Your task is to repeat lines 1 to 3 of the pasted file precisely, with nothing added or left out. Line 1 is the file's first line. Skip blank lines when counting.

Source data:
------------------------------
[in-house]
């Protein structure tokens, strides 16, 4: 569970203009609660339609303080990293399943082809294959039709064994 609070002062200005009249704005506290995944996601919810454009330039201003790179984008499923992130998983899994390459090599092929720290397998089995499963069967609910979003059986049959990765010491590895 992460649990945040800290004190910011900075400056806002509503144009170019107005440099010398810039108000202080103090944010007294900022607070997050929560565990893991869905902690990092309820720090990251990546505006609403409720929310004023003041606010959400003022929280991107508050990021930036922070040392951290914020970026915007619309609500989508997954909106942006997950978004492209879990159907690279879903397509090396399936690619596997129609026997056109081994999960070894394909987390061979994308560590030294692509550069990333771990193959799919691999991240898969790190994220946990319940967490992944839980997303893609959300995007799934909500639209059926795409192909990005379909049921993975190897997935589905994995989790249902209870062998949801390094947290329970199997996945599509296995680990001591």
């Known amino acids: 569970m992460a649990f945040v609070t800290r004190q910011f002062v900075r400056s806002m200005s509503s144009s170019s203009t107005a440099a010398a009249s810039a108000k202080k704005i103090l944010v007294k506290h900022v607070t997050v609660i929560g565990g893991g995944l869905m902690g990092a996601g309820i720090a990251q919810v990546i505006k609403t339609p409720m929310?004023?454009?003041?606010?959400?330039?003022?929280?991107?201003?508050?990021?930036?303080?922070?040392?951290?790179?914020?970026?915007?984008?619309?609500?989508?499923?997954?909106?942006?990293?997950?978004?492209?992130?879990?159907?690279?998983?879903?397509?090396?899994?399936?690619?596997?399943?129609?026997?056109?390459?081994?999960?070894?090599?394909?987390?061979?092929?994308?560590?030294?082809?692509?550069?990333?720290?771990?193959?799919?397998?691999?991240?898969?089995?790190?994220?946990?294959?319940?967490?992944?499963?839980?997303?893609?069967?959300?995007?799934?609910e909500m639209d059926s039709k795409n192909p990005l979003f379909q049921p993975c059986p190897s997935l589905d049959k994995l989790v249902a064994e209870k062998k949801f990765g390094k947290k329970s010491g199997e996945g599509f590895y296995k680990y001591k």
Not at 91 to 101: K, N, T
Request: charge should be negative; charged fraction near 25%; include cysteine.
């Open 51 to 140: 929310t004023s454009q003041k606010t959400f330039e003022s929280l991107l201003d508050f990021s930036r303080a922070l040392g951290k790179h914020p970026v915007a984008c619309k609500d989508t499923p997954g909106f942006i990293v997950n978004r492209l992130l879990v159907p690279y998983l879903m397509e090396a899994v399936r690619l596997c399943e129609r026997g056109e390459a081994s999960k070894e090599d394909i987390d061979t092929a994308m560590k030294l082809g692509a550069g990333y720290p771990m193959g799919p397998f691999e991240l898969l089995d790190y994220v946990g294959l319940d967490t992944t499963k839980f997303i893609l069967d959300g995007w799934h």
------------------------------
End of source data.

[in-house]
């Protein structure tokens, strides 16, 4: 569970203009609660339609303080990293399943082809294959039709064994 609070002062200005009249704005506290995944996601919810454009330039201003790179984008499923992130998983899994390459090599092929720290397998089995499963069967609910979003059986049959990765010491590895 992460649990945040800290004190910011900075400056806002509503144009170019107005440099010398810039108000202080103090944010007294900022607070997050929560565990893991869905902690990092309820720090990251990546505006609403409720929310004023003041606010959400003022929280991107508050990021930036922070040392951290914020970026915007619309609500989508997954909106942006997950978004492209879990159907690279879903397509090396399936690619596997129609026997056109081994999960070894394909987390061979994308560590030294692509550069990333771990193959799919691999991240898969790190994220946990319940967490992944839980997303893609959300995007799934909500639209059926795409192909990005379909049921993975190897997935589905994995989790249902209870062998949801390094947290329970199997996945599509296995680990001591």
């Known amino acids: 569970m992460a649990f945040v609070t800290r004190q910011f002062v900075r400056s806002m200005s509503s144009s170019s203009t107005a440099a010398a009249s810039a108000k202080k704005i103090l944010v007294k506290h900022v607070t997050v609660i929560g565990g893991g995944l869905m902690g990092a996601g309820i720090a990251q919810v990546i505006k609403t339609p409720m929310?004023?454009?003041?606010?959400?330039?003022?929280?991107?201003?508050?990021?930036?303080?922070?040392?951290?790179?914020?970026?915007?984008?619309?609500?989508?499923?997954?909106?942006?990293?997950?978004?492209?992130?879990?159907?690279?998983?879903?397509?090396?899994?399936?690619?596997?399943?129609?026997?056109?390459?081994?999960?070894?090599?394909?987390?061979?092929?994308?560590?030294?082809?692509?550069?990333?720290?771990?193959?799919?397998?691999?991240?898969?089995?790190?994220?946990?294959?319940?967490?992944?499963?839980?997303?893609?069967?959300?995007?799934?609910e909500m639209d059926s039709k795409n192909p990005l979003f379909q049921p993975c059986p190897s997935l589905d049959k994995l989790v249902a064994e209870k062998k949801f990765g390094k947290k329970s010491g199997e996945g599509f590895y296995k680990y001591k």